California Gov. Gavin Newsom to face recall vote as petition drive hits signature goal

PALM SPRINGS, Calif. — California’s secretary of state said Monday that organizers of a petition drive to force a recall election of Gov. Gavin Newsom have gathered more than 1.6 million valid signatures — more than enough to qualify for the ballot.

The 1.6 million signatures are about 100,000 more than needed to force a vote on the first-term Democrat. The validation process won’t be complete until Thursday, the deadline for county elections officials to verify the validity of any remaining signatures and report the final signature verification.

People who signed petitions now have 30 days to withdraw their signatures, though it’s unlikely enough will do so to stop the question from going to voters.

In a recall election, voters would face two questions: Should Newsom be recalled and who should replace him? The votes on the second question will only be counted if more than half say yes to the first.

If Newsom survives the recall he will be up for re-election in 2022.

In 2003, voters recalled Democratic Gov. Gray Davis and replaced him with Republican Arnold Schwarzenegger.

Newsom opponents, frustrated with the Democratic governor’s liberal policies and approach to the COVID-19 pandemic, in March turned over 2 million petition signatures to qualify the recall election against him.

On Friday, Caitlyn Jenner, the former Olympic athlete-turned-transgender activist and reality TV star, declared her intention to run to replace Newsom.

‘I’m in’:Caitlyn Jenner announces bid for California governor

Related:As signature collection ends, California heads toward recall of Gavin Newsom

Others who have declared their intention to run include John Cox, a Republican businessman who lost to Newsom in 2018 and is running again; former San Diego Mayor Kevin Faulconer; and ex-U.S. Rep. Doug Ose, who last held office in 2005.

Newsom, who was elected governor in 2018, previously served as lieutenant governor and mayor of San Francisco.

Newsom has been aggressively touring the state, touting its progress on vaccines. He has said he is taking the recall effort “very seriously” but has branded the drive as a “partisan political power grab” and the work of extremist conservatives and white supremacists like the Proud Boys.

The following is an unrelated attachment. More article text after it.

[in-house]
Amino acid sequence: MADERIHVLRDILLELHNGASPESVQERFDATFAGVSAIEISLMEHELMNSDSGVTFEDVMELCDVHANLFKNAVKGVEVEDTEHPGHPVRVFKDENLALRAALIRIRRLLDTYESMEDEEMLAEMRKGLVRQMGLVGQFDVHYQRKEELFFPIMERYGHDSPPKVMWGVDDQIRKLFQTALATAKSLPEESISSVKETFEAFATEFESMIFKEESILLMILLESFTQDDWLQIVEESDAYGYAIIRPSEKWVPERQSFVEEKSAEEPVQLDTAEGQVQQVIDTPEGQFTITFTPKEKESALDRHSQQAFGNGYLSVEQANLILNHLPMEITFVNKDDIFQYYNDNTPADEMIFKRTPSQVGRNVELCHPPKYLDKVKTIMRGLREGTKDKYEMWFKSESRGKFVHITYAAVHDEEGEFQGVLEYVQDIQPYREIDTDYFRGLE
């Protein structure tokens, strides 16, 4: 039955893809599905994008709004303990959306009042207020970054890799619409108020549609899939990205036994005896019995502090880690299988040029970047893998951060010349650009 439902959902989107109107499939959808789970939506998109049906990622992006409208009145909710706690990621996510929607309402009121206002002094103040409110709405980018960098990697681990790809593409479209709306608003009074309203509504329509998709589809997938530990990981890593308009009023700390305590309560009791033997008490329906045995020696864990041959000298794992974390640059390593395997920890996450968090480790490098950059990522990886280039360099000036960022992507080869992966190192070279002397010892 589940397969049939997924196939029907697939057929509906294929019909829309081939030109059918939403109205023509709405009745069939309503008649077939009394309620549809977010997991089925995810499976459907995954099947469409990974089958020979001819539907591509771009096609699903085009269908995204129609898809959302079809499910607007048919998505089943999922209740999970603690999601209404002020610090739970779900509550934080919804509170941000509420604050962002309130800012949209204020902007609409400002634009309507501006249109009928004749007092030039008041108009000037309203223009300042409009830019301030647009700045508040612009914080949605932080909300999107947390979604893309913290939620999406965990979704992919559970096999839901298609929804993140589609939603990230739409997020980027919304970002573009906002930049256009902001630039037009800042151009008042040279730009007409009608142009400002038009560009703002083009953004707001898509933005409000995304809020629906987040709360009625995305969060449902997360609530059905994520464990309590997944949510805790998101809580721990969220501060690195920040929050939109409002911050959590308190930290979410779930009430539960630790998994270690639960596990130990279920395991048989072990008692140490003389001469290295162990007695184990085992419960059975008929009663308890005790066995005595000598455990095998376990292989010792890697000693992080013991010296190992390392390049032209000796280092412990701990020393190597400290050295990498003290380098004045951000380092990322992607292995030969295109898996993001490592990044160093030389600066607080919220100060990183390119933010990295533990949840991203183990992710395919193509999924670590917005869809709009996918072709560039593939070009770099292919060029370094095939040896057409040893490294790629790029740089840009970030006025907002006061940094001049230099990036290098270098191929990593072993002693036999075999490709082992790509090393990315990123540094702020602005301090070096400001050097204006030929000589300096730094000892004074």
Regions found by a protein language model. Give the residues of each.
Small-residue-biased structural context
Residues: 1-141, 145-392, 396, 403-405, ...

“This election will be about two different visions for California,” said Stop the Republican Recall campaign manager Juan Rodriguez said Monday. “The Republican recall – backed by partisan, pro-Trump, and far-right forces – threatens our values as Californians and seeks to undo the important progress we’ve made under Governor Newsom — fighting COVID, supporting families who are struggling, protecting our environment, common-sense gun safety laws. There’s simply too much at stake – we will win.”

But Faulconer embraced Monday’s news, calling it a “historic opportunity to demand change.

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Related:Who’s running for California governor? Here’s who plans to be in the races

“Democrats, Republicans, and Independents are coming together to support this recall and get our state back on track,” he said in a statement. “As the only candidate who’s won tough elections and enacted real reform, I am ready to lead this movement. Together, we will turn the page on Gavin Newsom’s failures and begin a California Comeback to reopen our schools, cut taxes for working families, and create jobs for the people of our state.”

California Gov. Gavin Newsom speaks during a press conference in Coachella, Calif., on Feb. 17, 2021.

An election could be held in October or November, depending on how long various steps in the process take.

Once the withdrawn signatures are removed, assuming enough valid signatures remain, the secretary of state then will notify the state Department of Finance, which consults with county elections officials to project the costs of the recall election.

The proposed budget is reviewed by Joint Legislative Budget Committee, which has up to 30 days to examine it.

After the committee’s 30-day review and comment period, the secretary of state will certify that the proponents have submitted enough valid signatures, and the lieutenant governor is then required to call a recall election to be held not less than 60 days nor more than 80 days from the date of certification of sufficient signatures.

Contributing: Associated Press

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